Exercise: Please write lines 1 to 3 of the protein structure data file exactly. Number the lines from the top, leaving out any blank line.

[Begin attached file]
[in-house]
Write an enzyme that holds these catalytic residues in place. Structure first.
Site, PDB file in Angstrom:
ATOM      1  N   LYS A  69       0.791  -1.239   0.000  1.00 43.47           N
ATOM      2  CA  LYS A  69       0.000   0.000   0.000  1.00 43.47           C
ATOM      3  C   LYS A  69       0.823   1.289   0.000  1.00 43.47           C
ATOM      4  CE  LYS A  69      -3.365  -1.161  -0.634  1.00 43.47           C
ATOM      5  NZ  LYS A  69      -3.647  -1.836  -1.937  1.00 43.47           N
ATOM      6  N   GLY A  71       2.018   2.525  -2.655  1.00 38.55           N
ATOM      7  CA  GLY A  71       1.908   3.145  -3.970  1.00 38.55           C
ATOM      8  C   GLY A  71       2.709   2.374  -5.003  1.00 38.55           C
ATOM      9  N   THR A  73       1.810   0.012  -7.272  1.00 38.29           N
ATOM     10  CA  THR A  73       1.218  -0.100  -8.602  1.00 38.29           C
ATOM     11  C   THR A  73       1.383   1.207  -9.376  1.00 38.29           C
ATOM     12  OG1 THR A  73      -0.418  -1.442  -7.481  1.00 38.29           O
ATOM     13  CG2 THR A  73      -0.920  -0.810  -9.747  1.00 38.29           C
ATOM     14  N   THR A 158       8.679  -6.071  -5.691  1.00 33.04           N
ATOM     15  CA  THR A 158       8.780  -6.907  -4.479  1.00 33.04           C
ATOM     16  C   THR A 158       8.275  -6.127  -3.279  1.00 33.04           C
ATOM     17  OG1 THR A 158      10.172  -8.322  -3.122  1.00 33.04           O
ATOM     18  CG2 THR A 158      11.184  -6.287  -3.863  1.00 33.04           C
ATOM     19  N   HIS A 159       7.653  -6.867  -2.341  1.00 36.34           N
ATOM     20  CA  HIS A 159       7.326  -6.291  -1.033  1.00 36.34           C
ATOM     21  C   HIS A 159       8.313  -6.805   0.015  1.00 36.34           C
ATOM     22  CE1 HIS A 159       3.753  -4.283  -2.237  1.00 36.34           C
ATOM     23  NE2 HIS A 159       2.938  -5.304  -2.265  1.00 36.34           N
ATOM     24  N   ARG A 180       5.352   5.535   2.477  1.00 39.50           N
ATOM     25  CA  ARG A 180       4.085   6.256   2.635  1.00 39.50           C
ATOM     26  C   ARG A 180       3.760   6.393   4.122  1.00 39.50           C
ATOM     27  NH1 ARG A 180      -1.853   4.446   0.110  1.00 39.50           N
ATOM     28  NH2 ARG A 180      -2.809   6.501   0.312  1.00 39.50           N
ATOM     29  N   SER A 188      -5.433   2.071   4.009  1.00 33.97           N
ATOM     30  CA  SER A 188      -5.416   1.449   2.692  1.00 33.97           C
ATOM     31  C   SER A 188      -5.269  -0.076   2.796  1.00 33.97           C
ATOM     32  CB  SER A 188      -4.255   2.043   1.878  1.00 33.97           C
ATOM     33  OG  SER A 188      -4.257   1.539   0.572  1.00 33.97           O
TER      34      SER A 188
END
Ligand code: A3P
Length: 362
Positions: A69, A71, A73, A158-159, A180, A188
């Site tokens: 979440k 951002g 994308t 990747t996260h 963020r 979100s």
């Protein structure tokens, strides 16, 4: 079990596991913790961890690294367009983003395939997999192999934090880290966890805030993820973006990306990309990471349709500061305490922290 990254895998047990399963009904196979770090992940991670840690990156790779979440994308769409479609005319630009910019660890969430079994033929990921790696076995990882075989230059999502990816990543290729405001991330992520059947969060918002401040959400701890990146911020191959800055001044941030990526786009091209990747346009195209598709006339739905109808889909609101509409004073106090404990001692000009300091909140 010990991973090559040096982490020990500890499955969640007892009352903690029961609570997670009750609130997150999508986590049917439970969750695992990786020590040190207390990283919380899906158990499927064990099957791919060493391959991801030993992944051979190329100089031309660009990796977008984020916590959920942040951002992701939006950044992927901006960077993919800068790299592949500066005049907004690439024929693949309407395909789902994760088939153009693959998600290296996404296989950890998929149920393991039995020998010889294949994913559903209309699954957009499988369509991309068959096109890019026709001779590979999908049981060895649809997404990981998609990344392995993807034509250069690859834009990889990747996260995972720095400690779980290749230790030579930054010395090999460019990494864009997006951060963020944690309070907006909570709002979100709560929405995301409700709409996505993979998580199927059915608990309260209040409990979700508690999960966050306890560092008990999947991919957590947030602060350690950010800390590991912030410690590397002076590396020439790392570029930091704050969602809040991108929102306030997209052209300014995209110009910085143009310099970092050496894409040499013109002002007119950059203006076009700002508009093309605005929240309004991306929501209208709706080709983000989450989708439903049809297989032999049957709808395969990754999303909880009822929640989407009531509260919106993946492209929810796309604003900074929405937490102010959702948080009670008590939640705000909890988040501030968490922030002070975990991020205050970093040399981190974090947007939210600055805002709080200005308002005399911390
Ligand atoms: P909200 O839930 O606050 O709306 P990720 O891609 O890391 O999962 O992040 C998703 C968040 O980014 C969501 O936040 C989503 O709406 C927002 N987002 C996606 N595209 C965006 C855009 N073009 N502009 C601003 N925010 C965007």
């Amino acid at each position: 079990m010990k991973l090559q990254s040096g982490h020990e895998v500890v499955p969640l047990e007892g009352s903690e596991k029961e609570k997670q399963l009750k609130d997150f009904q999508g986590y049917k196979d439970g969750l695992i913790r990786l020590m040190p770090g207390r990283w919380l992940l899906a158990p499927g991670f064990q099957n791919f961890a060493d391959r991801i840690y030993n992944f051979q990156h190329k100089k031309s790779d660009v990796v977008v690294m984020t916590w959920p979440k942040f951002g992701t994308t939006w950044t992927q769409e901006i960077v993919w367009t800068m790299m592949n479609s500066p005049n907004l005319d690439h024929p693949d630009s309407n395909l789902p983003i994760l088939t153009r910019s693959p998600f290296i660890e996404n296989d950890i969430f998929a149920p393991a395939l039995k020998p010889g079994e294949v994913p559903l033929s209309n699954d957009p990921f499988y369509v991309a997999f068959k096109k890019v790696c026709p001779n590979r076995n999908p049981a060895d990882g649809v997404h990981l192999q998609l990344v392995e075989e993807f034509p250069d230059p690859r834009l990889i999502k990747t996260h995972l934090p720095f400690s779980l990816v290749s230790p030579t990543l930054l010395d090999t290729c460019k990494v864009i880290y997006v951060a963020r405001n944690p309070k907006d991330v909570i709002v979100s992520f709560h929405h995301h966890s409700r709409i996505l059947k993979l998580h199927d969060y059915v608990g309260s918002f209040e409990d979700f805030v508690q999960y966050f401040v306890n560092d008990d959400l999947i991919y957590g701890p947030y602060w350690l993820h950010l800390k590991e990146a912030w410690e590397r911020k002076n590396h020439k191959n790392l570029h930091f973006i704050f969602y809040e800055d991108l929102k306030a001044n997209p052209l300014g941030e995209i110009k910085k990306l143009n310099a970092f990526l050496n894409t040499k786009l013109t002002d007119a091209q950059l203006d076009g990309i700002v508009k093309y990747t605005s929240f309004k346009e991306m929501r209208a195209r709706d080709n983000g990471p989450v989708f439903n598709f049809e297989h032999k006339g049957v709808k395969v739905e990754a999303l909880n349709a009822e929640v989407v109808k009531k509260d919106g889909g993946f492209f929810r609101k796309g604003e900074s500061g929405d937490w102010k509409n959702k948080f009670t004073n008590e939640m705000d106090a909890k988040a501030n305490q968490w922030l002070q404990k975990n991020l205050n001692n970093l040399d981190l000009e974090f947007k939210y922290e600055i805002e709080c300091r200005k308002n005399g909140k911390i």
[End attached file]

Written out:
[in-house]
Write an enzyme that holds these catalytic residues in place. Structure first.
Site, PDB file in Angstrom: